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Horizontal table partitioning by key RRS feed

  • Question

  • Hi All,

    I'm developing a hosted web application.  In the database design each table is "partitioned" horizontally using a customer key.  Each customer can only see their data based on their SiteID.  That way i'm only managing 1 database/schema across all customers.

    I've been playing around with Linq to Sql and am having issues setting up an association.  I'm getting the following error when attempting to remove an association by setting the Child side reference to null.

    An attempt was made to remove a relationship between a DirectoryItem and a CaseItem. However, one of the relationship's foreign keys (CaseItem.SiteID, CaseItem.StaffVolID) cannot be set to null.

    I have 2 tables, Directory and Case.

    Directory Schema:

    SiteID (PK)
    DirID (PK)
    Name,
    Address,
    etc...

    Case Schema:
    SiteID (PK)
    DirID (PK)
    CaseID (PK)
    StaffVolID (FK) Null

    I have an association between Directory and Case using (Directory.SiteID, Directory.DirID and Case.SiteID, Case.StaffVolID)

    In the Case table, I get the error above when setting the CaseItem.StaffVolAssociation = null.  I assume I'm getting the error because the SiteID is part of the primary key and cannot be set to NULL. 

    My Question:

    To bypass the error, do I need to change my schema in the Case table as follows:

    SiteID (PK)
    DirID (PK)
    CaseID (PK)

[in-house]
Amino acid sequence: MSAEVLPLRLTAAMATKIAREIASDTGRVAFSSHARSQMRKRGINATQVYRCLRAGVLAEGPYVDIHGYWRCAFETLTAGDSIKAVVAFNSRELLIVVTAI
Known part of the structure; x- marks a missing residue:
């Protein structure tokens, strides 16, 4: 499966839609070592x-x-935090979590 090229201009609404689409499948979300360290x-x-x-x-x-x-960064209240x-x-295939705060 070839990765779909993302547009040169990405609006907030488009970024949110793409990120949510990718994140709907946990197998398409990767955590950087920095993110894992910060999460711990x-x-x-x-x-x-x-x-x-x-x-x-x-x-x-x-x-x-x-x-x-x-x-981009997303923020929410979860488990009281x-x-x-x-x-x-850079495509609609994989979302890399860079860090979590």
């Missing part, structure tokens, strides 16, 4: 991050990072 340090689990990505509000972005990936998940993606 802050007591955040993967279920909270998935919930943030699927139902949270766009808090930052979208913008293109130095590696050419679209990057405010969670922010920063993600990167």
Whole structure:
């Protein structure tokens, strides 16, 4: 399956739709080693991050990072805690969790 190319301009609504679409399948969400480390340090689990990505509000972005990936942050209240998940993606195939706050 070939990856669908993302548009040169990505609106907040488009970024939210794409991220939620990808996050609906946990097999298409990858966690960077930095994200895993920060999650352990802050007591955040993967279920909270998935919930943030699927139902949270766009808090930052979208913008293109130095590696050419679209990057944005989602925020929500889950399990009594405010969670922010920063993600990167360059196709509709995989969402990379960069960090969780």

StaffVolSiteID (FK) Null
    StaffVolID (FK) Null

    I'd like to use the SiteID in the primary key since this will never change and *always* be the same as StafVolSiteID.  But it seems as if Linq to Sql needs it this way since StaffVolSiteID can be nullable.

    If that's the case, I assume the SiteID would have to be duplicated to support other associations for all other composite foreign keys that include SiteID int them.  Possibly resulting in a table similar to below:

    Bloated Case table schema:

    SiteID (PK)
    DirID (PK)
    CaseID (PK)
    StaffVolSiteID (FK) Null
    StaffVolID (FK) Null
    CategorySiteID (FK) Null  (each customer can define their own list of categorys)
    CategoryID (FK) Null
    TestSiteID (FK) Null
    TestID (FK) Null

    You can see where this can really bloat out the table, even though SiteID, StaffVolSiteID, CategorySiteID and TestSiteID would never have different SiteID's (other than possibly being null).  Is this recommended database design to take full advantage of Linq to Sql?  Any comments would be must appreciated!



    Monday, August 3, 2009 6:35 PM

All replies

  • Instead of setting the entire association to null (which will attempt to set both parts of the relationship, the SiteID and the StaffVolID, to null), can you just set StaffVolID to null?
    Blog - http://blogs.rev-net.com/ddewinter/ Twitter - @ddewinter
    Sunday, August 9, 2009 4:05 PM
    Answerer
  • When I retrieve the case object from the database (prior to update), if I include the association in a LoadWith query option and try setting StaffVolID to null (versus the association) I get the following error :

    Operation is not valid due to the current state of the object.

    That said, If I do not include the association in a LoadWith option during retrieval prior to update, LinqToSql will allow me to assign null to the StaffVolID.  I guess I just need to be sure not to inlcude associations during an update when I first query the database for a fresh copy of the object?  Is that recommended?